In this series, we’ve explored why accessibility is important and what barriers your audience could be facing as they attempt to use your website, such as visual impairments, color blindness or inability to use a mouse. If you tested out your site using a screen reader or voice browser, you’ve probably learned that your site is not fully ADA and Section 508 compliant.
So, what can you do right now to improve your website for all visitors?
There is no quick fix or single tool that will instantly “accessible-ize” your site. Accessibility is best achieved when considered, checked and re-checked throughout the web design process, and should be a foundational philosophy of any website project. At KW2, there are dozens of steps taken throughout the process to ensure each website we create meets the needs of all users. And, once a site is launched, an ongoing effort must be made to ensure a site remains accessible every time a new piece of content is added.
However, your next website redesign may not be on the horizon, or you may lack the time or technical resources to fully audit and fix every accessibility issue on your current site. You can still get closer to compliance: there are four big things you can do today that will improve your users’ experience with your current website:
1) Run a general audit
Google Accessibility offers Accessibility Developer Tools, which is a Google Chrome plug-in you can install to run an accessibility audit on any page of your site to identify major issues.
✓ Run an accessibility audit using Accessibility Developer Tools to identify major issues
2) Determine what helpful information is missing
Screen readers and voice browsers rely on HTML tags and meta information to help users navigate your site and content. Download a free SEO spider tool like Screaming Frog, which will crawl your website and find each page, its status, title tags and more. Make sure each page has:
✓ A meaningful title tag that explains what the page is with unique and important information front-loaded
✓ At least one headline marked up as H1
✓ Properly tagged subheads (H2, H3, and so on)
Every image on your site should also have an alt tag that is both meaningful and functional (for example, “Search” rather than “Magnifying Glass”). You can view any image’s alt tag by hovering over the image, or to find all image alt tags on a given page, install the Firefox Accessibility Evaluation Toolbar.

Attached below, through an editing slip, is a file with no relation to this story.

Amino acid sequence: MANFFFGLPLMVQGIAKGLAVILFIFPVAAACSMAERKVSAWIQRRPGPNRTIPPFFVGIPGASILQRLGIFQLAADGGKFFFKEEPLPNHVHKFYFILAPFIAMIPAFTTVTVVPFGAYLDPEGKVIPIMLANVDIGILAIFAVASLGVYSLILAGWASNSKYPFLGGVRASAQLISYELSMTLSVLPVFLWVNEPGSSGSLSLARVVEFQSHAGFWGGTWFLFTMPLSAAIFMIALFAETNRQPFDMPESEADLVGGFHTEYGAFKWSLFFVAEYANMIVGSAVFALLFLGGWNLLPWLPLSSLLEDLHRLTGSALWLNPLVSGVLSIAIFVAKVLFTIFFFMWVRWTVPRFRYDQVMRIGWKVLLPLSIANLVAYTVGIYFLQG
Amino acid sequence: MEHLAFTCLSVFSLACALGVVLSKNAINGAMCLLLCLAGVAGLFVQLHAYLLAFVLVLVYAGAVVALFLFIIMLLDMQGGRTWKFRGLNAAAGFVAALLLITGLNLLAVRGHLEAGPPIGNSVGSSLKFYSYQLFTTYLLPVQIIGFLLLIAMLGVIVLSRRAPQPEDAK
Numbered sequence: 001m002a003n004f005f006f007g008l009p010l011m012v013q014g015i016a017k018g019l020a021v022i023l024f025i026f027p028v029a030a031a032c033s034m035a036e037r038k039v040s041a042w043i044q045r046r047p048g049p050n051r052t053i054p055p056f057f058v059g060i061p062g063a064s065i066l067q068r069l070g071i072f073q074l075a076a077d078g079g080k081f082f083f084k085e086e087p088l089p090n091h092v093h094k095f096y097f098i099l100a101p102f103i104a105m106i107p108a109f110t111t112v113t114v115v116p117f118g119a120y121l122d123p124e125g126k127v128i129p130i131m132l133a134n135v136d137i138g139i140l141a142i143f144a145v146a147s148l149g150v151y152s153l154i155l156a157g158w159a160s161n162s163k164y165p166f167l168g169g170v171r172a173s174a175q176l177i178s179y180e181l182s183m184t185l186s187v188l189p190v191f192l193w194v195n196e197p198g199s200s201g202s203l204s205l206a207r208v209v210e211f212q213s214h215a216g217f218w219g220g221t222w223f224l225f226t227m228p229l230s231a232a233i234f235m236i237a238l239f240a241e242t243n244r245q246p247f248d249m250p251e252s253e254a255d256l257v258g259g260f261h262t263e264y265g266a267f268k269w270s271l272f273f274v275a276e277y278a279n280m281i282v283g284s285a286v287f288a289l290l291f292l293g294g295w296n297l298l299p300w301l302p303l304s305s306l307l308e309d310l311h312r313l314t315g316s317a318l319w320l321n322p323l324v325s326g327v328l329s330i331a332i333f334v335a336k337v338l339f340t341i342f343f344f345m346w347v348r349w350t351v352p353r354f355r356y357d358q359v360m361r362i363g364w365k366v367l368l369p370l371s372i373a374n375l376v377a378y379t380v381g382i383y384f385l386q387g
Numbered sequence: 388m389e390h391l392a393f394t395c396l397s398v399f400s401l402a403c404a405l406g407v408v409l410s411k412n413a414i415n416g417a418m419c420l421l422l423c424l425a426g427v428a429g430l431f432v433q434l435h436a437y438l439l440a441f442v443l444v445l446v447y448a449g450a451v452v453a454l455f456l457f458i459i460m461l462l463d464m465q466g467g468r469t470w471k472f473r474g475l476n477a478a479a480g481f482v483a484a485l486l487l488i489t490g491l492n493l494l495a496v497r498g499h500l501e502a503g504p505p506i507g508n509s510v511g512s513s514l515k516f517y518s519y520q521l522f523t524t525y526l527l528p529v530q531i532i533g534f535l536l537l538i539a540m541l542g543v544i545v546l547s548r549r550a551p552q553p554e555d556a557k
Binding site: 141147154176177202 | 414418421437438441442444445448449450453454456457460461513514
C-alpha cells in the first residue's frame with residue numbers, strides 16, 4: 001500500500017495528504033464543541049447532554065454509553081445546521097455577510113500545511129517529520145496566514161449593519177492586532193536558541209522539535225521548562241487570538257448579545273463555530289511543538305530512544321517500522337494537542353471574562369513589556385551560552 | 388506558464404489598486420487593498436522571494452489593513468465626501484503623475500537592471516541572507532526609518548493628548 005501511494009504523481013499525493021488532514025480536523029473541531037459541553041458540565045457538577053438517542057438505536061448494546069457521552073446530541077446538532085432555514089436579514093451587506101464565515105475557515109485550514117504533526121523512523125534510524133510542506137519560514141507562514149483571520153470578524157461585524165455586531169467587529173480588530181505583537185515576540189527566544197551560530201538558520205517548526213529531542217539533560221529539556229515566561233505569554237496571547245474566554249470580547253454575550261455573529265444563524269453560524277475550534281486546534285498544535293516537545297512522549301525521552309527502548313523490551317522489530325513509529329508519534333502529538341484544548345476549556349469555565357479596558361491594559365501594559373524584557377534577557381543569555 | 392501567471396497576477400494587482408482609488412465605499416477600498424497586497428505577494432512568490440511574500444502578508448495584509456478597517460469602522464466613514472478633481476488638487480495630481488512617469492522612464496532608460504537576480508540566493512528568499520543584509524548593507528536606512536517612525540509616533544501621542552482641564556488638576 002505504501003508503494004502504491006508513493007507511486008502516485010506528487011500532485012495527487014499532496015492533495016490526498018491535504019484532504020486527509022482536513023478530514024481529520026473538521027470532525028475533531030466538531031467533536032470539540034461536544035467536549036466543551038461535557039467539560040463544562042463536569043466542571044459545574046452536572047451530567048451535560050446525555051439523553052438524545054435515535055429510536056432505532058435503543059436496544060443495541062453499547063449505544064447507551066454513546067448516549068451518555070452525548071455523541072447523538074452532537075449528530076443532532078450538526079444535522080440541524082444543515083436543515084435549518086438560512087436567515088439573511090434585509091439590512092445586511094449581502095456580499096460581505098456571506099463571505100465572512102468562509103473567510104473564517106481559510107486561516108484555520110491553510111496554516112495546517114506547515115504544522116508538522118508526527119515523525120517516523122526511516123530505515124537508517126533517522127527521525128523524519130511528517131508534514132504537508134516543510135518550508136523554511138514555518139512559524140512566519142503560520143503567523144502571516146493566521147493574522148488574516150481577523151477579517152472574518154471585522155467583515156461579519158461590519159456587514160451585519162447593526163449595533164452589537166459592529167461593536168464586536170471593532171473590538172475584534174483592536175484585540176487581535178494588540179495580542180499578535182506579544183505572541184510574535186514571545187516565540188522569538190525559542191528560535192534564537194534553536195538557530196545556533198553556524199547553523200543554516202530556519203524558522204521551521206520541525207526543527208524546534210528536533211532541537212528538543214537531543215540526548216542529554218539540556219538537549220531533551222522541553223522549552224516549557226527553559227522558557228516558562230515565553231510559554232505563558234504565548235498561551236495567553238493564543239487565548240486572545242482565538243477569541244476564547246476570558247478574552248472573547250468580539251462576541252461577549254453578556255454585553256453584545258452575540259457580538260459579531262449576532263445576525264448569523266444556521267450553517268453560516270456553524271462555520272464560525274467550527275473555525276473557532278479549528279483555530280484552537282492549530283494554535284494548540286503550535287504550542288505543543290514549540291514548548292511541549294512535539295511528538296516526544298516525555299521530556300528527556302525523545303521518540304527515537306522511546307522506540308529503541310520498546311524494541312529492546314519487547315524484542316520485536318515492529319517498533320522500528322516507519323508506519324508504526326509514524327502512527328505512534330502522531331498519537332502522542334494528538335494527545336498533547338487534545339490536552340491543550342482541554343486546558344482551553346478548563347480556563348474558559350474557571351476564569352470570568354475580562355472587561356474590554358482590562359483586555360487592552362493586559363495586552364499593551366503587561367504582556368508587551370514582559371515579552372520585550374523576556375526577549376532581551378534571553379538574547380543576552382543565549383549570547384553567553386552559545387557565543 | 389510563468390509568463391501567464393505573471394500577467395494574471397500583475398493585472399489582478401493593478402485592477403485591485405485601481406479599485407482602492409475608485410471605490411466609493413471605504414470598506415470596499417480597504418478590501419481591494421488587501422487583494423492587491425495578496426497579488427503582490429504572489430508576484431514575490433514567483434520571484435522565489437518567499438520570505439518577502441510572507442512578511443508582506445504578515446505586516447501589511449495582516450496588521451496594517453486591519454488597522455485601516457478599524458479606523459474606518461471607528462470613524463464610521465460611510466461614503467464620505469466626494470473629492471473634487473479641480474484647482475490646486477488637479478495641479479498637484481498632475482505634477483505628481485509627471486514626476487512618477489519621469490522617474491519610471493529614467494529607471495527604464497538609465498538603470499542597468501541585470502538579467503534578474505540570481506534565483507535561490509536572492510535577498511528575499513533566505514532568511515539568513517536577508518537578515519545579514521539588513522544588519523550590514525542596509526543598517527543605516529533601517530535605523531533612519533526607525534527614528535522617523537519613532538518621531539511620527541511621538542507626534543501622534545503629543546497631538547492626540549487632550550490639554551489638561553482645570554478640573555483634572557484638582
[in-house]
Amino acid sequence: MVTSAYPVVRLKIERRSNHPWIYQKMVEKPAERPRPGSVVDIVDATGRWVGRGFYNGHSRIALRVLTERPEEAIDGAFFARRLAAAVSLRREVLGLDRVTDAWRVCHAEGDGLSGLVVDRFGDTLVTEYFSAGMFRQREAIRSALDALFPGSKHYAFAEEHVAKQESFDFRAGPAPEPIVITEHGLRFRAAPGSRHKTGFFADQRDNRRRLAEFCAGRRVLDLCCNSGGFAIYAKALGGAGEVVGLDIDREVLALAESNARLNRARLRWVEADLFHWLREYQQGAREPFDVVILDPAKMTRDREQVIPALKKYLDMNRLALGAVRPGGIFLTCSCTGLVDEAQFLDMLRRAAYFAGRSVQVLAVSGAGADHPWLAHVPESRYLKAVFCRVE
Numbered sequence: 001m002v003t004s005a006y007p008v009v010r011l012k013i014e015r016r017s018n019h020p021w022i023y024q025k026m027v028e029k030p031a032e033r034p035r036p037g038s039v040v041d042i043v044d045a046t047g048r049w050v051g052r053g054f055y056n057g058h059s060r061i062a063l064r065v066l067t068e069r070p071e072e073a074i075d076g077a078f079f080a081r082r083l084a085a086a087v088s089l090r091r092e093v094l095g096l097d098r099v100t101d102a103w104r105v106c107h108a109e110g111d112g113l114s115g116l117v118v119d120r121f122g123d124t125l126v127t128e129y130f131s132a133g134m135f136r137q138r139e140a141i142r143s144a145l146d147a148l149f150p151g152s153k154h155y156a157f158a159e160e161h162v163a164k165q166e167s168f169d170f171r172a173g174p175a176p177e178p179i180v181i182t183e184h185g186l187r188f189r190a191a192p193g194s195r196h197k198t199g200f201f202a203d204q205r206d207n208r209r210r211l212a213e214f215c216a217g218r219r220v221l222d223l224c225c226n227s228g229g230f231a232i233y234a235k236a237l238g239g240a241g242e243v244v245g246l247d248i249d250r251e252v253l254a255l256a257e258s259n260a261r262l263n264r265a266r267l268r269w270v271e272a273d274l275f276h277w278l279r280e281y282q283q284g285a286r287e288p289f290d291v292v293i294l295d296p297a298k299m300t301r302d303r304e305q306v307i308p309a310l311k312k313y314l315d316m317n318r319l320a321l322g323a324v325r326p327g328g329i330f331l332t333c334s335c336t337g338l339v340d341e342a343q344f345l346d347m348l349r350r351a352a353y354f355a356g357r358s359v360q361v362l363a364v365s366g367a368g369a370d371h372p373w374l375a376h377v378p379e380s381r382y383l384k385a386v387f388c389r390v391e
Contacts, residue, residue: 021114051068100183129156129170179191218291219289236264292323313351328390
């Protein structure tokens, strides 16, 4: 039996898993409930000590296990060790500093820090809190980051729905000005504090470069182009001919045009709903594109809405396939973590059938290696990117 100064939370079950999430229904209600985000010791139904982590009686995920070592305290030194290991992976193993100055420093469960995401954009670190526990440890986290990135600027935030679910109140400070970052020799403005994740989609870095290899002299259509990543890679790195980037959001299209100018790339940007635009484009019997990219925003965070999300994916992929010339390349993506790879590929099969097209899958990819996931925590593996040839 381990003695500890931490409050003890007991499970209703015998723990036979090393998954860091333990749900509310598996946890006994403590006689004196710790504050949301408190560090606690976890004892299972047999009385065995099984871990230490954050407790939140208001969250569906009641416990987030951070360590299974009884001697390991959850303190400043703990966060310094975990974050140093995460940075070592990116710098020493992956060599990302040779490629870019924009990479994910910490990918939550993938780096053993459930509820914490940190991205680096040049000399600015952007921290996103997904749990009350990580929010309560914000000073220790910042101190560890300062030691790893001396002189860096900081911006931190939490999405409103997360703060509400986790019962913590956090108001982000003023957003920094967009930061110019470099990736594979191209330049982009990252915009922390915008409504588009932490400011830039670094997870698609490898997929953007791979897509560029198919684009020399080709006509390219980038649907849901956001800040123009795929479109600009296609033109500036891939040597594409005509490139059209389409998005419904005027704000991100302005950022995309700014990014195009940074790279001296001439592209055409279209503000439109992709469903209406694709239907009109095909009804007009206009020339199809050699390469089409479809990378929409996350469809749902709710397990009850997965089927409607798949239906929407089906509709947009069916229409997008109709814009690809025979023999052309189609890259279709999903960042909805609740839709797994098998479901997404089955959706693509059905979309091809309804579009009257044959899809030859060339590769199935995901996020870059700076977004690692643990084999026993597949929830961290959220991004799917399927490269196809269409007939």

✓ Use the Firefox Accessibility Evaluation Toolbar’s Text Equivalents menu to find a list of all image alt tags
✓ Look for missing alt tags
✓ Look for blank alt tags (alt=””) or tags that don’t accurately describe the image
3) Make sure your website’s text resizes
Most browsers give users the option to increase or decrease their default font size. Using the browser of your choice:
✓ Change your font settings to confirm that the type size on your pages changes
For example, here is the New York Times’ homepage with text set to Medium (left) and Very Large (right):
4) Make sure your text is legible against the background color of your site
Color contrast, or the difference between the color of the text on your site and the background color, can be an issue on many sites. For small text, the Web Content Accessibility Guidelines (WCAG) recommends a contrast ratio of at least 4.5:1. For larger text (18 px or more), the contrast ratio must be at least 3:1.
✓ Use Web AIM’s Color Contrast Checker to make sure your site’s text meets the ratio of 4.5:1
✓ If it does not, and you need to find a new color, try Colorsafe, which will give you a full palette of options based on your background color, font and font size
Creating and maintaining an accessible, usable website is a constant, evolving process. Each time you create a new page or upload a new image, it’s important to check the WCAG guidelines to ensure that anyone who wants to use your site can.
If you need help evaluating your website, or would like to learn more about building a site with accessibility in mind, please drop us a line to discuss!